Figure 4
figure4

A case with traumatic endophthalmitis. (a, b) Retinal vasculitis was found during operation. (c) Partial resolution of retinal vasculitis 4 days after vitrectomy. (d) Complete resolution of retinal vasculitis 6 months after vitrectomy. (e) Increased optical intensity in inner layers (white arrow) on optical coherence tomography 4 days after vitrectomy. (f) Atrophy of retinal inner layers (yellow arrow) on optical coherence tomography 6 months after vitrectomy.

ISe disruption has been reported after endophthalmitis in previous studies14, 32 and was noted in 49% of the eyes in our cohort. The presence of ISe disruption was associated with worse visual acuity. ISe disruption indicates photoreceptor damage.33 In experimental endophthalmitis, the inoculation of bacterial infection and its toxic byproducts had caused direct damage to photoreceptors.26 Epimacular membrane and intraretinal cysts had been reported as morphological changes after endophthalmitis.14, 15, 17, 32 However, these morphological changes were not associated with visual impairment in our case series.

The pathogenesis leading to the morphological changes in endophthalmitis remains unclear. They may be directly related to the virulence of the infectious microorganism, due to secondary immune responses, or due to the toxicity of antibiotics. Some cases in our study were secondary to open globe injury. The mechanisms of ISe disruption, epimacular membrane, or intraretinal cysts may be secondary to trauma. However, we postulate that atrophy of retinal inner layers is related to endophthalmitis because it has not occurred in open globe injury. There were studies that reported rare cases of macular atrophy associated with the use of intravitreal amikacin.34, 35, 36 However, our study used ceftazidime or vancomycin and did not use amikacin. Retinal toxicity is less likely to occur without repetitive intravitreal antibiotics injections.37 Oum et al37 did not find retinal toxicity in eyes that received single injection of antibiotics. Nevertheless, our study is a clinical study that focuses on the morphological changes by in vivo imaging. Further studies are needed to investigate the molecular pathogenesis of these changes.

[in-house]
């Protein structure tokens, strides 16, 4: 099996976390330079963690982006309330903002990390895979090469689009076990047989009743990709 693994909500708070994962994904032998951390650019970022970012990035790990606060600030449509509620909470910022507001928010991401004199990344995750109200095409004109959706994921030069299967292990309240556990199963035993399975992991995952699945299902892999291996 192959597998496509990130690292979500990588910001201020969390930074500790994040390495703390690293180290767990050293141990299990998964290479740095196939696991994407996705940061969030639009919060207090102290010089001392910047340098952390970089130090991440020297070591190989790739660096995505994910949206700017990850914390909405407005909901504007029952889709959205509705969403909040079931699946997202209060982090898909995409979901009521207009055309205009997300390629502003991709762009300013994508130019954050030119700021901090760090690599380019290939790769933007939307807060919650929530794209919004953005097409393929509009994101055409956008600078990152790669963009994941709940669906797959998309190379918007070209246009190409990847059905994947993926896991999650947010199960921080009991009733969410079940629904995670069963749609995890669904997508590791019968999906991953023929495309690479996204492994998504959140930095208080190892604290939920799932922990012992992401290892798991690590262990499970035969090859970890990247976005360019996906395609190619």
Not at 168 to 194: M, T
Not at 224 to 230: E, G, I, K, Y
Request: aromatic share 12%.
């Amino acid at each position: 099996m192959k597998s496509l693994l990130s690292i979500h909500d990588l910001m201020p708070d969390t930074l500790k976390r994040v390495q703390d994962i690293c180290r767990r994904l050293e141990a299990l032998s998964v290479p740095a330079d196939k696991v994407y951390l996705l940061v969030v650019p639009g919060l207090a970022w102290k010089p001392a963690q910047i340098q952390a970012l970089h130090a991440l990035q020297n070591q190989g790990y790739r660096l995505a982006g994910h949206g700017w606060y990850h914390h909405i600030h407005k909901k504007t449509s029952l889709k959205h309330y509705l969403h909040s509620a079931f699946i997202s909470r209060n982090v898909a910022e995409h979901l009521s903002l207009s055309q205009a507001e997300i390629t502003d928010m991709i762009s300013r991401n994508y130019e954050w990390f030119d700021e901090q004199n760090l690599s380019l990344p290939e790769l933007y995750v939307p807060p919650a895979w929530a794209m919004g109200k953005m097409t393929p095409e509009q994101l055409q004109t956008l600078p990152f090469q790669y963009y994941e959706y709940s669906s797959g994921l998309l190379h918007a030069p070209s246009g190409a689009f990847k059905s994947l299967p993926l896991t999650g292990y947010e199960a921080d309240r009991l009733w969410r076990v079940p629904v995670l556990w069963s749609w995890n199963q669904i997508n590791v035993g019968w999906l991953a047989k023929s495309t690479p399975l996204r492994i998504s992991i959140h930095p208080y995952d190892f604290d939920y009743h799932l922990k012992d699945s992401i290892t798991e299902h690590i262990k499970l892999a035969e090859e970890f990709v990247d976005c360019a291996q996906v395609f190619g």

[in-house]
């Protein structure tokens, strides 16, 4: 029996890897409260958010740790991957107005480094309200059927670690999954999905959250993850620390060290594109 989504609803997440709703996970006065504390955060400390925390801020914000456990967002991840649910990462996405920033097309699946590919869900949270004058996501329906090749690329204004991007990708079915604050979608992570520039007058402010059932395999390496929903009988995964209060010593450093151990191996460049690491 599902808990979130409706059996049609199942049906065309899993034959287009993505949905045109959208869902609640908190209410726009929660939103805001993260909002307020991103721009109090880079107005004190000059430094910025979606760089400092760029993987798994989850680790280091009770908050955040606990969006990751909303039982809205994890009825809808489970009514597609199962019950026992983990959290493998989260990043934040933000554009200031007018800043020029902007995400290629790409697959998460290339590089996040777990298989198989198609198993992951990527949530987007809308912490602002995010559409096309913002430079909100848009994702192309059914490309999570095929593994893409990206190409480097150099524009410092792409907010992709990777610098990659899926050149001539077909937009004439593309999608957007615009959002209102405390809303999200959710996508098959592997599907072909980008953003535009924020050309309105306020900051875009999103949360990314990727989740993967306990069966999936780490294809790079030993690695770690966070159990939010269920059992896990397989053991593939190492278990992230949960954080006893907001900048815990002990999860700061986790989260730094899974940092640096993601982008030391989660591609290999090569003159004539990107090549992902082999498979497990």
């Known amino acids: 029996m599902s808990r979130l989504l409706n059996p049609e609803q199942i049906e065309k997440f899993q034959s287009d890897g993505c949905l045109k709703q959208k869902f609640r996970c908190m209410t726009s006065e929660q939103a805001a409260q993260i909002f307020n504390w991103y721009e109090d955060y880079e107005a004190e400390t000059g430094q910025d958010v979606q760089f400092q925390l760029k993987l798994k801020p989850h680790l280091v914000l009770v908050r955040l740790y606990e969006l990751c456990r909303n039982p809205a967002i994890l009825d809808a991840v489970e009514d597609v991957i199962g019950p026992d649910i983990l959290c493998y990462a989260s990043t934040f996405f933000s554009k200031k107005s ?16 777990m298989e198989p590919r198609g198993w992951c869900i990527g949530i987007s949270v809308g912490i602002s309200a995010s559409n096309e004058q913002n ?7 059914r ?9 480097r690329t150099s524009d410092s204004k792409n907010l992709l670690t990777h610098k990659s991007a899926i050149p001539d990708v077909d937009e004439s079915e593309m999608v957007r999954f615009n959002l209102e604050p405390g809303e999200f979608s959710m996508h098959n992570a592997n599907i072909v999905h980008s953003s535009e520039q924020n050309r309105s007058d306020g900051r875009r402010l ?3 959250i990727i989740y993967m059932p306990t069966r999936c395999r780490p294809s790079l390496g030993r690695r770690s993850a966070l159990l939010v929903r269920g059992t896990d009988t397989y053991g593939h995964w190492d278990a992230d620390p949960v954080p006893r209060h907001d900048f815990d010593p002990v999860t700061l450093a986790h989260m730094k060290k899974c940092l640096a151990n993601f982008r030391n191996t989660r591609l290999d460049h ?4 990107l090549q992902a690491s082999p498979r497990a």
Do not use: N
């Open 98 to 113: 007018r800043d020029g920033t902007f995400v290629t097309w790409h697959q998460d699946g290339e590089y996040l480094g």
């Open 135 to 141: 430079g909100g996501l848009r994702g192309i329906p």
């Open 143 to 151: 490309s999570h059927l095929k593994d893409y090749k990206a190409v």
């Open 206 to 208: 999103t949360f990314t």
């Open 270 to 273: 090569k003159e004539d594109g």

We recognize a number of limitations in this study. First, there are different causes of endophthalmitis, and the number of patients is not large enough to allow us to compare the visual and structural alteration between different subgroups. Second, we only compared the presence and absence of structural changes. Further study is needed to quantify the severity and location of structural changes and further investigate the structure–function correlation. Third, we only have one time point in most cases and hence cannot investigate the longitudinal changes of retinal structure. Further study is required to investigate the role of OCT at an early stage of endophthalmitis. Fourth, this is a retrospective study, and we do not have the OCT images of the contralateral eye and, therefore, cannot make the comparison between the eye affected by endophthalmitis and the fellow eye. The unusually high frequencies of 24 and 48% suggested that these tomographic changes were unlikely incidental findings.

In conclusion, we found that even after successful treatment of endophthalmitis, there are retinal structural changes such as ISe disruption, atrophy of retinal inner layer, epimacular membrane, and macular edema. Among them, retinal inner layers' atrophy was strongly associated with visual impairment in endophthalmitis.

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Acknowledgements

This study was supported by the National Nature Science Foundation of China (81170853) and Joint Shantou International Eye Center Intramural Grant (2010-025).

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Correspondence to H Chen.

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Lu, X., Chen, W., Xia, H. et al. Atrophy of retinal inner layers is associated with poor vision after endophthalmitis: a spectral domain optical coherence tomography study. Eye 31, 1488–1495 (2017) doi:10.1038/eye.2017.100